Tuesday, January 28, 2014

Head Injuries

     The sport of football has undergone a great amount of scrutiny in the last few years. Amateur and professional athletes have endured traumas to their heads that have resulted in concussions and possibly long-term effects such as dementia and memory loss. Studies have been publicized in journals, newspaper articles and documentaries. Results from the light shed on this problem include improvements in headgear and rule-changes concerning tackling. Even with the changes, there is still an awareness that football is a sport that carries the very real possibility of  injury. Players and parents should be aware of the risks. 
     There is another type of head injury, however that is now being discussed   concerning the NFL: verbal abuse. The recent incident involving a player for the Miami dolphins has sparked conversations about this problem. A young offensive lineman withdrew from the team because of abuse that he has   allegedly taken from his teammates. While speculation should be approached with caution, it is still sad  to see these types of things coming from athletic teams.  
     Over the years, we have come to see coaches and players involved in incidents that have resulted in tirades and screaming at individuals or groups. A decrease in sportsmanship and  a marked increase in taunting and trash-talking have been seen in the last twenty years at all levels of athletic events.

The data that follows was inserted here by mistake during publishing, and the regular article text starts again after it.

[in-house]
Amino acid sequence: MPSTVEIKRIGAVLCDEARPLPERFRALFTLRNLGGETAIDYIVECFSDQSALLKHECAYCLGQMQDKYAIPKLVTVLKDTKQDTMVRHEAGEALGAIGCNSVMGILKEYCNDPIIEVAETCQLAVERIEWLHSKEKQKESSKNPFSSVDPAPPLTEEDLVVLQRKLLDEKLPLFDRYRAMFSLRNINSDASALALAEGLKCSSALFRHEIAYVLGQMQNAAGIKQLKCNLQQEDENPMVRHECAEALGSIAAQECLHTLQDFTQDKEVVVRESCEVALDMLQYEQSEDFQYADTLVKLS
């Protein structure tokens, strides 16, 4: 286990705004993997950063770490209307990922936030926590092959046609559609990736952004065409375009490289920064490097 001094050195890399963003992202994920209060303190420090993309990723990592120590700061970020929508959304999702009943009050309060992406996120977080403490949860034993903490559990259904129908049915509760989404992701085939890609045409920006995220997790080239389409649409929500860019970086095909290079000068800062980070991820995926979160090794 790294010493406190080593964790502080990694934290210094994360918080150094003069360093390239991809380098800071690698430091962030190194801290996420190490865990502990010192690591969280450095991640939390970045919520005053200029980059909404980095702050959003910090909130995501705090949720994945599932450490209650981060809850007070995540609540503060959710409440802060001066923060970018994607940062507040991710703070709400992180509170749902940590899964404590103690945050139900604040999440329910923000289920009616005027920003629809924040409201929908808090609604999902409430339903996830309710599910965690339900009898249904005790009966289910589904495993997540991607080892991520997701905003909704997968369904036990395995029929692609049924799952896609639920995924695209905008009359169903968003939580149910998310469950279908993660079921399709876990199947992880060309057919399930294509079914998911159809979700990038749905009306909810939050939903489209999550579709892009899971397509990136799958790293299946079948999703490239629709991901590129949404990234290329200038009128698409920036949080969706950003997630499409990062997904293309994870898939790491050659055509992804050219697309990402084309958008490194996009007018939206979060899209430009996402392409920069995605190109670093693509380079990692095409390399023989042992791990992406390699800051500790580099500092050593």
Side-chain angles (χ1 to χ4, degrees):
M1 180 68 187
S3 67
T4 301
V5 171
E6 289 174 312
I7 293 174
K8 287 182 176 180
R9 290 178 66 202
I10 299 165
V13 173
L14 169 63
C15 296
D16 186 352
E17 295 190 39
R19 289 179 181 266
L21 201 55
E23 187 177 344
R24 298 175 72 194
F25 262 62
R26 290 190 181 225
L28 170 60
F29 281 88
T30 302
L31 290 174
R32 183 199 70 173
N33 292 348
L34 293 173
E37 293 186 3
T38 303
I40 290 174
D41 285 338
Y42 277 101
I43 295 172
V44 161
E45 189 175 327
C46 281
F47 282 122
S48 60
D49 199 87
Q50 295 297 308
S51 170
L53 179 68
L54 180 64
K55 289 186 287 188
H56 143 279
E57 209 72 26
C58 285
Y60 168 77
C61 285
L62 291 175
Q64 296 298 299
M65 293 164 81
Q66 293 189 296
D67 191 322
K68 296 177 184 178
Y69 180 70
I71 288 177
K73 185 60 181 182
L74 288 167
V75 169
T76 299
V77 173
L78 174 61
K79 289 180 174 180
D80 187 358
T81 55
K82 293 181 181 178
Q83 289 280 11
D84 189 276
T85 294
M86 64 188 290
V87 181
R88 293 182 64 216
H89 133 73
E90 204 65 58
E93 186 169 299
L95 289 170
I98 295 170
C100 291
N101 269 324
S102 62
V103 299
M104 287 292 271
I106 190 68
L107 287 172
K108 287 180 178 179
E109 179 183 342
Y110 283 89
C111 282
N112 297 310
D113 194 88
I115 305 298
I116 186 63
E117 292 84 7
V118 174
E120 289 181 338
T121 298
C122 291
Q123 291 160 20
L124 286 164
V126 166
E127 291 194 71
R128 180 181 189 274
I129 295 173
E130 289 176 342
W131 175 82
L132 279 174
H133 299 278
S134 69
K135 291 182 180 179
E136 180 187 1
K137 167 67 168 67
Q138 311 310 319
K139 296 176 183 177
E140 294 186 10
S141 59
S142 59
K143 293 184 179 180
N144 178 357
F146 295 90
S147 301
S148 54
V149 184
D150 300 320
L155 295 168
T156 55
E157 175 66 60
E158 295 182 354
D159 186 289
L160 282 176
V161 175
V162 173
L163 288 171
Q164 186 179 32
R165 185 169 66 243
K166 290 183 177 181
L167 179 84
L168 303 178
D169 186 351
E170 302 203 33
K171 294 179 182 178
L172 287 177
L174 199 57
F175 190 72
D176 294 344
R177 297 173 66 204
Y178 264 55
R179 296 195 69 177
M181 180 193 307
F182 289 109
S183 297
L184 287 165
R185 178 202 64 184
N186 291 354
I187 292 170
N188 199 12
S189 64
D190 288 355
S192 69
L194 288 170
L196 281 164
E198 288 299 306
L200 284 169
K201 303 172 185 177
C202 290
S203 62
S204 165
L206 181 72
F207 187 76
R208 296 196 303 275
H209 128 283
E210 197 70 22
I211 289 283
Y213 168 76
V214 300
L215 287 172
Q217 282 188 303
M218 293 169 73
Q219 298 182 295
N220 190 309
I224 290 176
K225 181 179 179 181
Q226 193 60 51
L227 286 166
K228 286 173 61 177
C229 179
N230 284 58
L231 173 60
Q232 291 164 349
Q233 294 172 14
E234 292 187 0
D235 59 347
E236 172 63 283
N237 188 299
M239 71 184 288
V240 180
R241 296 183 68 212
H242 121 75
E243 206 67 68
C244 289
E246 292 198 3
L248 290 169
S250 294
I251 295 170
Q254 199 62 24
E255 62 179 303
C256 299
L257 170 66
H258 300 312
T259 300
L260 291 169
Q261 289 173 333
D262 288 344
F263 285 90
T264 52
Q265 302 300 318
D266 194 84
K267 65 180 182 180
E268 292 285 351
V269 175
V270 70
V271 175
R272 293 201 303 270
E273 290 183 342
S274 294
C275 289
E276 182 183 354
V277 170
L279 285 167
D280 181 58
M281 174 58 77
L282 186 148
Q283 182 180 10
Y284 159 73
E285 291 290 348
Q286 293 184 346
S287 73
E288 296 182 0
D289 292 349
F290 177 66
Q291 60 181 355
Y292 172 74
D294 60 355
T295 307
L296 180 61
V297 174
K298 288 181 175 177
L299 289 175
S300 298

These types of incidents are also indicative of a social issue involving individuals from all walks of life. People apparently feel justified in saying what- ever comes to their mind, not only by mouth, but also by posting on social net- works as well. 
     Some people believe the answer is  the implement of anti-bullying rules and laws. Ironically, this call comes in the midst of a culture that openly challenges rules and laws. The true answer to this problem lies in an examination of one’s heart and a correction on a personal level. 
     As with most social issues, this problem began at individual levels and became pervasive through society. In other words, it starts in the heart and we must conquer  it one heart at a time. As we live  within the framework of relationships, we must practice self-control and expect others to do the same. Bitterness must not be fostered and encouraged and words must be chosen wisely. 
     Let us heed the words of  Scripture and encourage those around us to do the same. “A man’s spirit will endure sickness, but a broken spirit, who can bear? . . . “Death and life are in the power of the tongue and those who love it will eat its fruits.” (Proverbs 18:16, 21)

- via The Encourager, the weekly bulletin for the Calvert City Church of Christ, Calvert City, KY.  Lance Cordle preaches for the congregation.  He may be contacted through the congregation's website:
http://www.calvertchurchofchrist.com


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